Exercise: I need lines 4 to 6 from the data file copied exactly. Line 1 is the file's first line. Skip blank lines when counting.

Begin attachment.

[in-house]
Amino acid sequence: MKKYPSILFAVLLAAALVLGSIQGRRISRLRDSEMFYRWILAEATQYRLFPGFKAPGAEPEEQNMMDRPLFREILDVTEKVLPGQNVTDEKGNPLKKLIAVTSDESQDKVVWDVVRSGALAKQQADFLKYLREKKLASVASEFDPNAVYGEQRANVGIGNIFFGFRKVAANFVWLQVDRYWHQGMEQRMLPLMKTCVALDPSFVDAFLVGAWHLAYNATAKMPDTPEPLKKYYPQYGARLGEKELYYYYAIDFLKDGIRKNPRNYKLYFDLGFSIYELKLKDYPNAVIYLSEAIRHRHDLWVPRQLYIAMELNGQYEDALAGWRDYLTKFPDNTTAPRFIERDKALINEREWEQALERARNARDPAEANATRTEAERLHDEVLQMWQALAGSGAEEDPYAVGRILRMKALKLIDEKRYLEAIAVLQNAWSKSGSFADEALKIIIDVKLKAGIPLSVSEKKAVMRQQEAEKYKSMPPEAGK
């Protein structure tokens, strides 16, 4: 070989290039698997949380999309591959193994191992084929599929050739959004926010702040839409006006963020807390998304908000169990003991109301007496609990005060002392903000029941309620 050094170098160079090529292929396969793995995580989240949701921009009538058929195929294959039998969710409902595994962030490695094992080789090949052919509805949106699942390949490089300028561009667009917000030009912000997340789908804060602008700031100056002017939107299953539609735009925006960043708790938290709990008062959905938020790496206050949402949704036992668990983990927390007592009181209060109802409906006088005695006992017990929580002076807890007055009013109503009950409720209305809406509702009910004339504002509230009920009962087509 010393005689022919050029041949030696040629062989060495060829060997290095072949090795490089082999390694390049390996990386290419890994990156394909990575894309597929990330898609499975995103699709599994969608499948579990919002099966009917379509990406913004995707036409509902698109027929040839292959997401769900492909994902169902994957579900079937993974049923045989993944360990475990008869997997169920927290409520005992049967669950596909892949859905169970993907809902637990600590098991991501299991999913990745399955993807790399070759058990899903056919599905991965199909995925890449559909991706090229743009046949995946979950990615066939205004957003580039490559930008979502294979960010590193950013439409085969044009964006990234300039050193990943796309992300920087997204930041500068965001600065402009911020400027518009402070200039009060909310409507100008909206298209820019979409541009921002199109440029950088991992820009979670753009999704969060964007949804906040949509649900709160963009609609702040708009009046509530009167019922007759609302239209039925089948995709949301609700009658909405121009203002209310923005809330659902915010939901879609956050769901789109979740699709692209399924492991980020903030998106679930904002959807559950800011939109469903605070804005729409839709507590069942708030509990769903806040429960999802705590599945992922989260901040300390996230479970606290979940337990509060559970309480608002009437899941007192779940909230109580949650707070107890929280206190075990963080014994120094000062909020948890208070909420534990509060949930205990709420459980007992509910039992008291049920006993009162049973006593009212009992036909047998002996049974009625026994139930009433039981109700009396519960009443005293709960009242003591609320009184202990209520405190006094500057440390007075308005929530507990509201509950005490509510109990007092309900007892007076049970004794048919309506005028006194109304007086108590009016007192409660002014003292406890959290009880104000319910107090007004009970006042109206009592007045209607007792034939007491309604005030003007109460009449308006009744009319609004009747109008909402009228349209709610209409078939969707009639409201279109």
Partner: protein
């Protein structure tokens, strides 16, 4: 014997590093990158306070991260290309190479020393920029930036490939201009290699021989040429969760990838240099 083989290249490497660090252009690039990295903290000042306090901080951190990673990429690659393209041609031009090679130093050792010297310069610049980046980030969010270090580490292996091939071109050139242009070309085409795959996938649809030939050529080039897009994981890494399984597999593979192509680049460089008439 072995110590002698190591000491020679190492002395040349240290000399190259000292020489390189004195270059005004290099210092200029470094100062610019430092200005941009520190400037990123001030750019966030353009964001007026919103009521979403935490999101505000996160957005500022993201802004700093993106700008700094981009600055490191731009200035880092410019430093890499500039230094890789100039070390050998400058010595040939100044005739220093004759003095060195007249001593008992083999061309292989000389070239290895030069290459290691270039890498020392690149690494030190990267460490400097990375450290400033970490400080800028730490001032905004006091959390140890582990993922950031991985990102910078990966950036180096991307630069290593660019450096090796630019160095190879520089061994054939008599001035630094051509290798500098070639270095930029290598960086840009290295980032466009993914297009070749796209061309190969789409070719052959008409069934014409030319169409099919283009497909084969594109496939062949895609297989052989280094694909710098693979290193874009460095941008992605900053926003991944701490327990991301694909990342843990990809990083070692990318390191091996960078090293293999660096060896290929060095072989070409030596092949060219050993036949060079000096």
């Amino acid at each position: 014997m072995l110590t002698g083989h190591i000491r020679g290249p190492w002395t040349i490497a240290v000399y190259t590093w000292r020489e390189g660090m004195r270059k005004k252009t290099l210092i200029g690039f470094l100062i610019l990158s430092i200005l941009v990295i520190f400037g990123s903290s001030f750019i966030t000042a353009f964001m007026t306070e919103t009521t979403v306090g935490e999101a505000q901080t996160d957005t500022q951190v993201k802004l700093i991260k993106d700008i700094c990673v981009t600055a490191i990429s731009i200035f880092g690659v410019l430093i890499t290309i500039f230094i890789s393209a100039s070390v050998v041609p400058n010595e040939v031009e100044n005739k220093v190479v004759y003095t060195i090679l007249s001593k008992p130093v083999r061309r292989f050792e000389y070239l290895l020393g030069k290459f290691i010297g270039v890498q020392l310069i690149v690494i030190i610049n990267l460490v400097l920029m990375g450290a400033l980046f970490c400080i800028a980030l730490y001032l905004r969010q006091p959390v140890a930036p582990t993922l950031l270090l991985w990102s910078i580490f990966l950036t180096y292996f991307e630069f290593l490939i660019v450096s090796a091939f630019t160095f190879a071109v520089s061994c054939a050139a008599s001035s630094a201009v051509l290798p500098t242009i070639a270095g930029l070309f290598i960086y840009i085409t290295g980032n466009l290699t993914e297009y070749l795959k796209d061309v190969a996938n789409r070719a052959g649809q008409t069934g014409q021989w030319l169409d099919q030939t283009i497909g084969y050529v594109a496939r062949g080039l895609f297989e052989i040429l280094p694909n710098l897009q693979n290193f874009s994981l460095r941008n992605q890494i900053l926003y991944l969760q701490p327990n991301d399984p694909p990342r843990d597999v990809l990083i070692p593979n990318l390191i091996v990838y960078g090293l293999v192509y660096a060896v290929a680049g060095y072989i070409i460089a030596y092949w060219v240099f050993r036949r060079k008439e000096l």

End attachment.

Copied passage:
Partner: protein
């Protein structure tokens, strides 16, 4: 014997590093990158306070991260290309190479020393920029930036490939201009290699021989040429969760990838240099 083989290249490497660090252009690039990295903290000042306090901080951190990673990429690659393209041609031009090679130093050792010297310069610049980046980030969010270090580490292996091939071109050139242009070309085409795959996938649809030939050529080039897009994981890494399984597999593979192509680049460089008439 072995110590002698190591000491020679190492002395040349240290000399190259000292020489390189004195270059005004290099210092200029470094100062610019430092200005941009520190400037990123001030750019966030353009964001007026919103009521979403935490999101505000996160957005500022993201802004700093993106700008700094981009600055490191731009200035880092410019430093890499500039230094890789100039070390050998400058010595040939100044005739220093004759003095060195007249001593008992083999061309292989000389070239290895030069290459290691270039890498020392690149690494030190990267460490400097990375450290400033970490400080800028730490001032905004006091959390140890582990993922950031991985990102910078990966950036180096991307630069290593660019450096090796630019160095190879520089061994054939008599001035630094051509290798500098070639270095930029290598960086840009290295980032466009993914297009070749796209061309190969789409070719052959008409069934014409030319169409099919283009497909084969594109496939062949895609297989052989280094694909710098693979290193874009460095941008992605900053926003991944701490327990991301694909990342843990990809990083070692990318390191091996960078090293293999660096060896290929060095072989070409030596092949060219050993036949060079000096």
């Amino acid at each position: 014997m072995l110590t002698g083989h190591i000491r020679g290249p190492w002395t040349i490497a240290v000399y190259t590093w000292r020489e390189g660090m004195r270059k005004k252009t290099l210092i200029g690039f470094l100062i610019l990158s430092i200005l941009v990295i520190f400037g990123s903290s001030f750019i966030t000042a353009f964001m007026t306070e919103t009521t979403v306090g935490e999101a505000q901080t996160d957005t500022q951190v993201k802004l700093i991260k993106d700008i700094c990673v981009t600055a490191i990429s731009i200035f880092g690659v410019l430093i890499t290309i500039f230094i890789s393209a100039s070390v050998v041609p400058n010595e040939v031009e100044n005739k220093v190479v004759y003095t060195i090679l007249s001593k008992p130093v083999r061309r292989f050792e000389y070239l290895l020393g030069k290459f290691i010297g270039v890498q020392l310069i690149v690494i030190i610049n990267l460490v400097l920029m990375g450290a400033l980046f970490c400080i800028a980030l730490y001032l905004r969010q006091p959390v140890a930036p582990t993922l950031l270090l991985w990102s910078i580490f990966l950036t180096y292996f991307e630069f290593l490939i660019v450096s090796a091939f630019t160095f190879a071109v520089s061994c054939a050139a008599s001035s630094a201009v051509l290798p500098t242009i070639a270095g930029l070309f290598i960086y840009i085409t290295g980032n466009l290699t993914e297009y070749l795959k796209d061309v190969a996938n789409r070719a052959g649809q008409t069934g014409q021989w030319l169409d099919q030939t283009i497909g084969y050529v594109a496939r062949g080039l895609f297989e052989i040429l280094p694909n710098l897009q693979n290193f874009s994981l460095r941008n992605q890494i900053l926003y991944l969760q701490p327990n991301d399984p694909p990342r843990d597999v990809l990083i070692p593979n990318l390191i091996v990838y960078g090293l293999v192509y660096a060896v290929a680049g060095y072989i070409i460089a030596y092949w060219v240099f050993r036949r060079k008439e000096l």